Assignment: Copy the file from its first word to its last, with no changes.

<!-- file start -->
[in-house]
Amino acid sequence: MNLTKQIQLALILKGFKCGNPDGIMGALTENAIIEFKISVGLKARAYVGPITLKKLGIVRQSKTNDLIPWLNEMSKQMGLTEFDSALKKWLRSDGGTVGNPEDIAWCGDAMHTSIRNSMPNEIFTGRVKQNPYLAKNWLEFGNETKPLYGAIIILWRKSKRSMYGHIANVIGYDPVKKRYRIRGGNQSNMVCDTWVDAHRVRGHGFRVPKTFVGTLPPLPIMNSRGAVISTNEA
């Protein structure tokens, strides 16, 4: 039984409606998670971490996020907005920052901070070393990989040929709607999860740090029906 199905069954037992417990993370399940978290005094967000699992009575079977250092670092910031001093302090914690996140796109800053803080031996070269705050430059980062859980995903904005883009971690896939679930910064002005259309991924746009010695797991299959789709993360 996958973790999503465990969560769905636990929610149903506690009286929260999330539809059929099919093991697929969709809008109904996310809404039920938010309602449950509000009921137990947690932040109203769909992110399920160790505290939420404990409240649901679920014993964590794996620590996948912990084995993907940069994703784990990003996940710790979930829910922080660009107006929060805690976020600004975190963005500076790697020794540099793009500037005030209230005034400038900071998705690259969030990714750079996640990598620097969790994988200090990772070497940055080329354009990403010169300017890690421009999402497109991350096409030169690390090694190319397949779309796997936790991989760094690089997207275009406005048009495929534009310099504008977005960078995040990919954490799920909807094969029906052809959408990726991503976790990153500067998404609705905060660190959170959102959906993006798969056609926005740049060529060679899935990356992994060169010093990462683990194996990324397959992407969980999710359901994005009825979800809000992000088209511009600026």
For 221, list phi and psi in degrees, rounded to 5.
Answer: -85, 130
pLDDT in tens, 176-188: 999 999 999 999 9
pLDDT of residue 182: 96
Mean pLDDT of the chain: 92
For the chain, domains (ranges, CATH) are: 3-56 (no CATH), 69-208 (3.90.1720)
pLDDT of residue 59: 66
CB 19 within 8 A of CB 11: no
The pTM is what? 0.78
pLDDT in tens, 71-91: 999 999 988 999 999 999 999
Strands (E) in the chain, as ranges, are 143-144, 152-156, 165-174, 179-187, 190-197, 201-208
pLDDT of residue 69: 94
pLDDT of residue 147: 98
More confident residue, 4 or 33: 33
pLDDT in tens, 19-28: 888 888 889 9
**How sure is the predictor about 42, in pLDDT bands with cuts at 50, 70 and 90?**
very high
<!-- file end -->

[in-house]
Amino acid sequence: MNLTKQIQLALILKGFKCGNPDGIMGALTENAIIEFKISVGLKARAYVGPITLKKLGIVRQSKTNDLIPWLNEMSKQMGLTEFDSALKKWLRSDGGTVGNPEDIAWCGDAMHTSIRNSMPNEIFTGRVKQNPYLAKNWLEFGNETKPLYGAIIILWRKSKRSMYGHIANVIGYDPVKKRYRIRGGNQSNMVCDTWVDAHRVRGHGFRVPKTFVGTLPPLPIMNSRGAVISTNEA
């Protein structure tokens, strides 16, 4: 039984409606998670971490996020907005920052901070070393990989040929709607999860740090029906 199905069954037992417990993370399940978290005094967000699992009575079977250092670092910031001093302090914690996140796109800053803080031996070269705050430059980062859980995903904005883009971690896939679930910064002005259309991924746009010695797991299959789709993360 996958973790999503465990969560769905636990929610149903506690009286929260999330539809059929099919093991697929969709809008109904996310809404039920938010309602449950509000009921137990947690932040109203769909992110399920160790505290939420404990409240649901679920014993964590794996620590996948912990084995993907940069994703784990990003996940710790979930829910922080660009107006929060805690976020600004975190963005500076790697020794540099793009500037005030209230005034400038900071998705690259969030990714750079996640990598620097969790994988200090990772070497940055080329354009990403010169300017890690421009999402497109991350096409030169690390090694190319397949779309796997936790991989760094690089997207275009406005048009495929534009310099504008977005960078995040990919954490799920909807094969029906052809959408990726991503976790990153500067998404609705905060660190959170959102959906993006798969056609926005740049060529060679899935990356992994060169010093990462683990194996990324397959992407969980999710359901994005009825979800809000992000088209511009600026």
For 221, list phi and psi in degrees, rounded to 5.
Answer: -85, 130
pLDDT in tens, 176-188: 999 999 999 999 9
pLDDT of residue 182: 96
Mean pLDDT of the chain: 92
For the chain, domains (ranges, CATH) are: 3-56 (no CATH), 69-208 (3.90.1720)
pLDDT of residue 59: 66
CB 19 within 8 A of CB 11: no
The pTM is what? 0.78
pLDDT in tens, 71-91: 999 999 988 999 999 999 999
Strands (E) in the chain, as ranges, are 143-144, 152-156, 165-174, 179-187, 190-197, 201-208
pLDDT of residue 69: 94
pLDDT of residue 147: 98
More confident residue, 4 or 33: 33
pLDDT in tens, 19-28: 888 888 889 9
**How sure is the predictor about 42, in pLDDT bands with cuts at 50, 70 and 90?**
very high